He did not, however, prosecute an appeal to the manager of personnel or to any other official of the company, nor did he seek an adjustment of his alleged grievances because of his discharge and loss of seniority rights before the Adjustment Board, as provided for in the Railway Labor Act. Instead he filed this proceeding.


We have heretofore set out in some detail the allegations of this complaint, which as we have indicated, was heard by the court, which entered the judgment that Royal M. Broady recover of the defendant the sum of $9,224.67, with costs and interest from the date of the judgment, and that he have execution therefor. The decisive question involved in this appeal is, did the District Court have jurisdiction to enter the judgment of which appellant complains?


We can find no provision of the Railway Labor Act which gives to employees the right to a representative of their own choice at an investigation by company officials of a charge that the employee has violated company rules. In the case at bar, appellee's right to representation comes from the agreement of appellant and Dining Car Employees Union, local 351. The relevant provisions of the Railway Labor Act, sec. 3, 48 Stat. 1185-1189-1193, 45 U.S.C.A. § 153, are as follows:


'(i) The disputes between an employee or group of employees and a carrier or carriers growing out of grievances or out of the interpretation or application of agreements concerning rates of pay, rules, or working conditions, including cases pending and unadjusted on June 21, 1934, shall be handled in the usual manner up to and including the chief operating officer of the carrier designated to handle such disputes; but, failing to reach an adjustment in this manner, the disputes may be referred by petition of the parties or by either party to the appropriate division of the Adjustment Board with a full statement of the facts and all supporting data bearing upon the disputes.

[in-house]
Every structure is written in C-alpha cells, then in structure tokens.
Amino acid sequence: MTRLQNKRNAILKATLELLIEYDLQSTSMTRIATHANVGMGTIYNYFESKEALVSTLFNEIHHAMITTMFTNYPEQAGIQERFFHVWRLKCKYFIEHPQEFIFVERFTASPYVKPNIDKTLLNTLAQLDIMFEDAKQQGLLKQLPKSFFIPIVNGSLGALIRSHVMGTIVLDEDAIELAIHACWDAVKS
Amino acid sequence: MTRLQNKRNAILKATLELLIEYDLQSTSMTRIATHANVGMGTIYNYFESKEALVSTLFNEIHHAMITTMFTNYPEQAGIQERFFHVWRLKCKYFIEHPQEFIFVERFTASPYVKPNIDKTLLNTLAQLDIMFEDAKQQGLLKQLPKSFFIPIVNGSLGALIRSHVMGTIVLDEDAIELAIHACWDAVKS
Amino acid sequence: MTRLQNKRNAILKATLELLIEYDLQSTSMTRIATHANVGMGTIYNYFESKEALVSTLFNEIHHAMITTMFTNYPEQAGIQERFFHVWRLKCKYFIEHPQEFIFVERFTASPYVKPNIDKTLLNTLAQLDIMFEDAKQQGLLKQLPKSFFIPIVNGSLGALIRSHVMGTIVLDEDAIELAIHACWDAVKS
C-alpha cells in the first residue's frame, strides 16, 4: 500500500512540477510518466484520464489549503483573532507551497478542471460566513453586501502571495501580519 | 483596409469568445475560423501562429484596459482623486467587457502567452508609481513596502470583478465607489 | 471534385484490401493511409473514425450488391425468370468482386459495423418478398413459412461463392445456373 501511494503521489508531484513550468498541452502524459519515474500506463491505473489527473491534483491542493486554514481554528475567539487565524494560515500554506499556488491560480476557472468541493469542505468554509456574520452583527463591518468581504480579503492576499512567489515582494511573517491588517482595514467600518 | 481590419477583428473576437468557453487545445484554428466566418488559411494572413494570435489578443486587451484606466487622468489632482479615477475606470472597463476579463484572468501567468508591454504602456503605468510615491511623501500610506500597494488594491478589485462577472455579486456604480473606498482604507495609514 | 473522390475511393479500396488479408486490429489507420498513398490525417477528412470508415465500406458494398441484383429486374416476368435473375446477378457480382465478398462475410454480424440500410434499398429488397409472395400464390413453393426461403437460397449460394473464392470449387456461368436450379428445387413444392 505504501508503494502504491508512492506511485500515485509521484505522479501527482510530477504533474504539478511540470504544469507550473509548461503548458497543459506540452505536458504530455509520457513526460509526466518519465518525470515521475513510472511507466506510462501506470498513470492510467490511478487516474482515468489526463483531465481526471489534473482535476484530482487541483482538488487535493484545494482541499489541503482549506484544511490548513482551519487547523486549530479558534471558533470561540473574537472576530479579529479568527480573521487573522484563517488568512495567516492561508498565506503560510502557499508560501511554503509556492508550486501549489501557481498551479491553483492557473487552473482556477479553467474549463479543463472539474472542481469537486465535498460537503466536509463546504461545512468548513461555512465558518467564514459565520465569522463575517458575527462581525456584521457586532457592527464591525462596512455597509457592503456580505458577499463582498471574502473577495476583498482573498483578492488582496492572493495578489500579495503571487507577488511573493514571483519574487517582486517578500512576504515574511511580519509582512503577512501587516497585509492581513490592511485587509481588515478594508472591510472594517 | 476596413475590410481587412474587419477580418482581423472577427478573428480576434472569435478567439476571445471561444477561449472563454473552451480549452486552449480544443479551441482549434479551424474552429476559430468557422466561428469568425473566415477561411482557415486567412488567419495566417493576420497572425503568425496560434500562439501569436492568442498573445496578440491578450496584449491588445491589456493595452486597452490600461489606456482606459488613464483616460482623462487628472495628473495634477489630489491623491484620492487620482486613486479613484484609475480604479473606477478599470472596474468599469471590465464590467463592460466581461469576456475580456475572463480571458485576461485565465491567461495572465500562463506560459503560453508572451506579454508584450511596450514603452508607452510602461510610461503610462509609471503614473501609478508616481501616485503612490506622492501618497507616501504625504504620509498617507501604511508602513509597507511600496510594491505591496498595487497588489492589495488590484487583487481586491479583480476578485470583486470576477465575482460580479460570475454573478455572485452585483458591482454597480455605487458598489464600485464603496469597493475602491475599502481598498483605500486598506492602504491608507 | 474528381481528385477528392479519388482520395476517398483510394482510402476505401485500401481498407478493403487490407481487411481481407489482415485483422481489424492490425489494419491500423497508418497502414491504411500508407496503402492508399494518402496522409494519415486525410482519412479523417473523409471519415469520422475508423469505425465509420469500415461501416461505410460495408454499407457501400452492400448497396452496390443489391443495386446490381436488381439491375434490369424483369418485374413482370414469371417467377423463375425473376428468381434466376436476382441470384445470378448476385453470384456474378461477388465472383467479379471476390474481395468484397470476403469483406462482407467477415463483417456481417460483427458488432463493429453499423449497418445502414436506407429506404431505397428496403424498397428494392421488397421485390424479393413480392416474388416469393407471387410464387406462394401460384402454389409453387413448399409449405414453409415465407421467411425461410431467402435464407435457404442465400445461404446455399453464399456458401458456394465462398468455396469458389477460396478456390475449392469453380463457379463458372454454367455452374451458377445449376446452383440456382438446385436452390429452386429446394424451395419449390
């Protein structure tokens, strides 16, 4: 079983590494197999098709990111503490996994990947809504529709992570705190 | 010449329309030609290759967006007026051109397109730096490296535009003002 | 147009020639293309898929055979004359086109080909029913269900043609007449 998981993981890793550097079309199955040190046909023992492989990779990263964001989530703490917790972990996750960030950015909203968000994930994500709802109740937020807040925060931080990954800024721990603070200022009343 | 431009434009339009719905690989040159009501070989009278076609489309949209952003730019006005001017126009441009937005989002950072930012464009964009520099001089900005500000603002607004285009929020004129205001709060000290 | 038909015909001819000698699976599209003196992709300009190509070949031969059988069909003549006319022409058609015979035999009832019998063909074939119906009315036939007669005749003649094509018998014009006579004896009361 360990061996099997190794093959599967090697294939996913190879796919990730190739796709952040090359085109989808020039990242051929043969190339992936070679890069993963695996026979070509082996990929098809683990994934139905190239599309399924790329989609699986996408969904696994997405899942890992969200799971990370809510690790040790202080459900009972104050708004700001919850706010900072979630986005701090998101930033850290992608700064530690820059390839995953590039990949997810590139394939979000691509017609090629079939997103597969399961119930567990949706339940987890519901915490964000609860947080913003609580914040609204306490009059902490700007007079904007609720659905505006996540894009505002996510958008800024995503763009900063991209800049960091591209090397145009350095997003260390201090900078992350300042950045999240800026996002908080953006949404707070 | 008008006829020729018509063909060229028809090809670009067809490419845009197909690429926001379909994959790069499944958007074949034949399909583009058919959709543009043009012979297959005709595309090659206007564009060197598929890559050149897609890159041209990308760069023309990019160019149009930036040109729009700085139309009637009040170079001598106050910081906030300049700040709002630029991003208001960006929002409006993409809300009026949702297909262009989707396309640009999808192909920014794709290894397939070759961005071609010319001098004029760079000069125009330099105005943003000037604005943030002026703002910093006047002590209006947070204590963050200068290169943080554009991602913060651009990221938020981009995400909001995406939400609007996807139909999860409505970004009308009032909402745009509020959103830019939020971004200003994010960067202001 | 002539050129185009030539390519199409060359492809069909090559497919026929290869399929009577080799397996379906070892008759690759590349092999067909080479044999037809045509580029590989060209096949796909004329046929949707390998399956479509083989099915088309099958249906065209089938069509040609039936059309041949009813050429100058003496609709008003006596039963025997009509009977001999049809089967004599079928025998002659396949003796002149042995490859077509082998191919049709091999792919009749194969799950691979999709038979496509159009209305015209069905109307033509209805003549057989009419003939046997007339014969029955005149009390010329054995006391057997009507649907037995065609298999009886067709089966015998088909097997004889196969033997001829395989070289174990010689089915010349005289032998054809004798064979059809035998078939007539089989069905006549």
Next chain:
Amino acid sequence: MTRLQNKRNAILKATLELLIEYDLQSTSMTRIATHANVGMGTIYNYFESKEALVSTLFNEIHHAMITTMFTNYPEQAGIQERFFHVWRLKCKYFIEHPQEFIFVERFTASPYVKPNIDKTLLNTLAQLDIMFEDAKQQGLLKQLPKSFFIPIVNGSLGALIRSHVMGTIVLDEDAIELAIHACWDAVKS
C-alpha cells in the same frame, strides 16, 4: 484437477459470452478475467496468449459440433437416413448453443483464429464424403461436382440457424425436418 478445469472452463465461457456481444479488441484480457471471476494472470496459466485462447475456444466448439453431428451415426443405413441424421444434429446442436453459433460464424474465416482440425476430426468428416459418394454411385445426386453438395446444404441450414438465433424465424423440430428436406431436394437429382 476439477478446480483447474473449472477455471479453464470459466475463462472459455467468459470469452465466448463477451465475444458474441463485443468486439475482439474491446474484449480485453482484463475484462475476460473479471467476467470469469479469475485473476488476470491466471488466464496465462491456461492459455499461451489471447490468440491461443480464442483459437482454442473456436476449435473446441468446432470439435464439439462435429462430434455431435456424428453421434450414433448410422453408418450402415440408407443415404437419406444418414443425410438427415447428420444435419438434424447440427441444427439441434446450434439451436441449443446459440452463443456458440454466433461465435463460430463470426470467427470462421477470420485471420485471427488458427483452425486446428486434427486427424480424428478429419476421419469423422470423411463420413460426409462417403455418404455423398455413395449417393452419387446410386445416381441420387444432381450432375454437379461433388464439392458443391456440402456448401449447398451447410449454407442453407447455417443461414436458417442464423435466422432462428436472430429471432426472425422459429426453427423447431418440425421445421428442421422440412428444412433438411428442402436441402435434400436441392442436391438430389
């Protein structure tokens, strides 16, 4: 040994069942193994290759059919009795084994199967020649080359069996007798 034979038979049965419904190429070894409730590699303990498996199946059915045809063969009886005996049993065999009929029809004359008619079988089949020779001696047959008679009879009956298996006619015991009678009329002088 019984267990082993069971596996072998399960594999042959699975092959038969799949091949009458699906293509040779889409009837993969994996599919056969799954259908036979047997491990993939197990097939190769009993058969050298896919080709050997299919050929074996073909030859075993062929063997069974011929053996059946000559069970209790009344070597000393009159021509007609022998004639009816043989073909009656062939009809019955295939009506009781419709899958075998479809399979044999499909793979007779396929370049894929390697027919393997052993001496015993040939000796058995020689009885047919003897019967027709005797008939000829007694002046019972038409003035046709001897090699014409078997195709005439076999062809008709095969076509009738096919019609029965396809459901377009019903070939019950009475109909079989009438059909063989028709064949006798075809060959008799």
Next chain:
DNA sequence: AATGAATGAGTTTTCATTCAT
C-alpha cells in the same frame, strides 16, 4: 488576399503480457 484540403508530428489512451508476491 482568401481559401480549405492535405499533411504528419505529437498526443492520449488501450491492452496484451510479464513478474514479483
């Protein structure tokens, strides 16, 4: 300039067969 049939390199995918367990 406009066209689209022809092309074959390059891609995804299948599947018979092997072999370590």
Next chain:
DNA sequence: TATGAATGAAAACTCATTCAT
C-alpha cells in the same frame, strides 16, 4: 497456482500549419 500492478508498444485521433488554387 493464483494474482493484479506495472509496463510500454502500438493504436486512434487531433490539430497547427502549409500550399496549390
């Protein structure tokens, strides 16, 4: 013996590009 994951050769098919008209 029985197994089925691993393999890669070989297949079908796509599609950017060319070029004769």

'(j) Parties may be heard either in person, by counsel, or by other representatives, as they may respectively elect, and the several divisions of the Adjustment Board shall give due notice of all hearings to the employee or employees and the carrier or carriers involved in any disputes submitted to them.


'(p) If a carrier does not comply with an order of a division of the Adjustment Board within the time limit in such order, the petitioner, or any person for whose benefit such order was made, may file in the District Court of the United States for the district in which he resides or in which is located the principal operating office of the carrier, or through which the carrier operates, a petition setting forth briefly the causes for which he claims relief, and the order of the division of the Adjustment Board in the premises. * * * The district courts are empowered, under the rules of the court governing actions at law, to make such order and enter such judgment, by writ of mandamus or otherwise, as may be appropriate to enforce or set aside the order of the division of the Adjustment Board.'


It appears to us under the above provisions of the Railway Labor Act that the employee's right to representation thereunder, when an investigation ov a breach of company rules is involved, would arise only when the officials of the company have completed their inquiry and entered a finding unsatisfactory to the accused employee. Then, and only then, is he entitled under the Act itself, to a hearing before the Adjustment Board.


'The provisions of the Railway Labor Act * * * do not 'interfere with the normal exercise of the right of the carrier to select its employees or to discharge them'.' Virginian Railway Co. v. System Federation, No. 40, 300 U.S. 515-559, 57 S.Ct. 592, 605, 81 L.Ed. 789, citing Texas & New Orleans Railway Co. v. Brotherhood of Ry. & S. Clerks case, 281 U.S. 548, 50 S.Ct. 427, 74 L.Ed. 1034. We believe the carrier also has the right to discipline its employees.


In Brooks v. Chicago, R.I. & P.R. Co., 177 F.2d 385, The Court of Appeals for the 8th Circuit said on page 391 of 177 F.2d: 'The Railway Labor Act does not empower the courts to enforce against railroads any prescribed procedure for investigating and discharging its employees, nor does it empower the courts to entertain original actions to compel railroads to employ or give back pay to discharged employees. * * * '


In Slocum v. Delaware, L. & W.R. Co., 339 U.S. 239, on page 240, 70 S.Ct. 577, 94 L.Ed. 795, the Supreme Court said: 'Section 3 of the Railway Labor Act confers jurisdiction on the National Railway Adjustment Board to hold hearings, make findings, and enter awards in all disputes between carriers and their employees' growing out of grievances or out of the interpretation or application of agreements concerning rates of pay, rules, or working conditions * * * .' (Citing 48 Stat 1185, 1189-1193, 45 U.S.C.A. § 153.) The question presented is whether state courts have power to adjudicate disputes involving such interpretations when the Adjustment Board has not acted.'